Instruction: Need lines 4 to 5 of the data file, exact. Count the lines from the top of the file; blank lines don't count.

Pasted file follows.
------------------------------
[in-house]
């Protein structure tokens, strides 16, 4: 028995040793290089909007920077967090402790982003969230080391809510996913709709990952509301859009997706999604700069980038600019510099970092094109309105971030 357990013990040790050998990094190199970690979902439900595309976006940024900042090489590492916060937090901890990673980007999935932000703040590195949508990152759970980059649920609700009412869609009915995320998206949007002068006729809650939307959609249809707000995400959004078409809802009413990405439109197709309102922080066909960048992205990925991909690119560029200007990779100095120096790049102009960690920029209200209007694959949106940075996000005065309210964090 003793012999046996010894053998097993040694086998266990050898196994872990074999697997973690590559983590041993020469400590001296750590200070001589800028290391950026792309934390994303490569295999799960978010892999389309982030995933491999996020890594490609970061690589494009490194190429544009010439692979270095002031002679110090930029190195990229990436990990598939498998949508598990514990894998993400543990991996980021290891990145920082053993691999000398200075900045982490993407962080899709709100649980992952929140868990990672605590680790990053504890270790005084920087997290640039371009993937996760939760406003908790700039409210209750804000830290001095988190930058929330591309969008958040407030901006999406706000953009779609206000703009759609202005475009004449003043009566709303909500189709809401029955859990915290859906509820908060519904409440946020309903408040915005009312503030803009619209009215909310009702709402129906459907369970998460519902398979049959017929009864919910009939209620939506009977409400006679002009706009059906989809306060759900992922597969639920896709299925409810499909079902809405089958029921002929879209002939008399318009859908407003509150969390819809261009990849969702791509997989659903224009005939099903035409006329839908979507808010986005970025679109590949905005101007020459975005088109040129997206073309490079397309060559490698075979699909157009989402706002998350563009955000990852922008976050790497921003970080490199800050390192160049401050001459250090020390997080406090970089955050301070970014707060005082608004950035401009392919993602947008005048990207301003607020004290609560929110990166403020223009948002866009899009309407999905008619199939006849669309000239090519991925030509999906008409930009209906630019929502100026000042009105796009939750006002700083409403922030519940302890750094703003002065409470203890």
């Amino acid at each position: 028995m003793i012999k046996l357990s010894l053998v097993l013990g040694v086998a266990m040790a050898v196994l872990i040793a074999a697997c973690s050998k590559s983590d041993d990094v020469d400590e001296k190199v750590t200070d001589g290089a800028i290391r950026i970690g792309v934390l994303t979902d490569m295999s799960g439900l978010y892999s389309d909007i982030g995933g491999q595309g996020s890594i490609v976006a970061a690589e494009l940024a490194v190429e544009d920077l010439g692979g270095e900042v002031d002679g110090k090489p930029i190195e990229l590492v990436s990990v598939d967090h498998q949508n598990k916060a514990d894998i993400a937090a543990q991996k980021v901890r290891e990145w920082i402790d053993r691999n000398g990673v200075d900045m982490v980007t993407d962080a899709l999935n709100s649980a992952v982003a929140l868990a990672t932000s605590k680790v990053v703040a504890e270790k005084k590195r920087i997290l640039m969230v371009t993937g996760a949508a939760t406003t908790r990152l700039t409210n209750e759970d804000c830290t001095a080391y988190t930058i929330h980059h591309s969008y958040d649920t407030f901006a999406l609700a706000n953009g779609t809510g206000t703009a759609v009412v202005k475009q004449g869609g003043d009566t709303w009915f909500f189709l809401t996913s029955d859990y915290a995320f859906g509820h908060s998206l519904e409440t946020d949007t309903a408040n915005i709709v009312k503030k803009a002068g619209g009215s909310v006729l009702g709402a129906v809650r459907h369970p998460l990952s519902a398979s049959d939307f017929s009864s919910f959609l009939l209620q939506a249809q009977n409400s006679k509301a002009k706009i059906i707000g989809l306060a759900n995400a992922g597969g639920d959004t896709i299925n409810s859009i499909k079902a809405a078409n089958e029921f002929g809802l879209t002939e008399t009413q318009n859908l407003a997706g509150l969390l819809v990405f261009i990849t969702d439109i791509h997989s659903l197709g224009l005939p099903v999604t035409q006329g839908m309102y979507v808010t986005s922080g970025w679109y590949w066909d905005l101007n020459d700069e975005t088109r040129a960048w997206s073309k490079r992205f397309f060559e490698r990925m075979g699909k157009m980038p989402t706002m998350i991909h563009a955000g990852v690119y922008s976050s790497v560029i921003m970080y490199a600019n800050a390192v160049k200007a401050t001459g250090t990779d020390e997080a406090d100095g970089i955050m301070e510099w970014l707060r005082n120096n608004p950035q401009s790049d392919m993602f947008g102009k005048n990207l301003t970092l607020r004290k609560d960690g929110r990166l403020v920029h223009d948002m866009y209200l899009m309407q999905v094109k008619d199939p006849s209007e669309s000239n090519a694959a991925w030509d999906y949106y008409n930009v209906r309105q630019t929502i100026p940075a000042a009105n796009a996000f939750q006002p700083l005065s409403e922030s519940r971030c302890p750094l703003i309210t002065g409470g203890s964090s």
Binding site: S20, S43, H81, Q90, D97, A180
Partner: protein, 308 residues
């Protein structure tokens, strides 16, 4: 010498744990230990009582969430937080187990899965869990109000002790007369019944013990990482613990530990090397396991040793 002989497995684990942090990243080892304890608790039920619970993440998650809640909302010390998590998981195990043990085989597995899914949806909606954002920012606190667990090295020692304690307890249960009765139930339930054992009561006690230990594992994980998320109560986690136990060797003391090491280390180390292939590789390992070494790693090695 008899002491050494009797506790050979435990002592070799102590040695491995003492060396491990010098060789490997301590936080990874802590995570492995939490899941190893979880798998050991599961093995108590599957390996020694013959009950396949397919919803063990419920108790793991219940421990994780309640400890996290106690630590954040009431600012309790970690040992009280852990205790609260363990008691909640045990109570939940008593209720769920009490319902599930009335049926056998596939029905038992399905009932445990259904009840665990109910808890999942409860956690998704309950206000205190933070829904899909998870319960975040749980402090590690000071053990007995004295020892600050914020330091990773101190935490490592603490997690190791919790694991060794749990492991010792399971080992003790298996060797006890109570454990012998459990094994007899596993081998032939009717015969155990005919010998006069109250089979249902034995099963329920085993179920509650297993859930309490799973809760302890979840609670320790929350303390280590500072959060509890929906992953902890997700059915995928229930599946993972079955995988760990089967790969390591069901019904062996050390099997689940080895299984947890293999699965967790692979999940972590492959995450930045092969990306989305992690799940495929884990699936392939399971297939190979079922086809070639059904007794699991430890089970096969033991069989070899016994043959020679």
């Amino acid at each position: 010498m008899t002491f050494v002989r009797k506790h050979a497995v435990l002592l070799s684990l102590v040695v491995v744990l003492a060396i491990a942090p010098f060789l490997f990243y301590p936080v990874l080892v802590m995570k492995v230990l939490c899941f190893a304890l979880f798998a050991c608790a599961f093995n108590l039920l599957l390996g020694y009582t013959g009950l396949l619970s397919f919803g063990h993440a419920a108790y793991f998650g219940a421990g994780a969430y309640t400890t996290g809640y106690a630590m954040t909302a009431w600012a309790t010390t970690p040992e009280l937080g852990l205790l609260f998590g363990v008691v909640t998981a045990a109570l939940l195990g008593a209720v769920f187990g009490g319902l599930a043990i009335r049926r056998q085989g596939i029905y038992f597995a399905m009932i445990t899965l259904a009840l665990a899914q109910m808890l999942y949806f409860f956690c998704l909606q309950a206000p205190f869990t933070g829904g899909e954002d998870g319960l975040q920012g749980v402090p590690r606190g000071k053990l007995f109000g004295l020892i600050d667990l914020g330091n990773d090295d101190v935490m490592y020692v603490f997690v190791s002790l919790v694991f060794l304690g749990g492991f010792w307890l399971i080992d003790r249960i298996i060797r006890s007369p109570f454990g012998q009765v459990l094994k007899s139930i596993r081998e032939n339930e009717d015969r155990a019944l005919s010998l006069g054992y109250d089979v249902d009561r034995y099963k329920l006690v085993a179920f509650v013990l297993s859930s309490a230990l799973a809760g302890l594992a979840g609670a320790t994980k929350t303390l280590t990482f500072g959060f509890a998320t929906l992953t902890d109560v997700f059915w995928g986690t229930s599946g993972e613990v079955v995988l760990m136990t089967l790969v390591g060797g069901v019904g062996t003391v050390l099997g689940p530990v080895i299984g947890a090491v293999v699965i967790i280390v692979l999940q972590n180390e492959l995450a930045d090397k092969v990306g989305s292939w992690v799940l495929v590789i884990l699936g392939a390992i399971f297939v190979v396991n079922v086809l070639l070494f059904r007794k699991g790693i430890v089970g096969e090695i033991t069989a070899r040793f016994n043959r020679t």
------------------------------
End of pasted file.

Binding site: S20, S43, H81, Q90, D97, A180
Partner: protein, 308 residues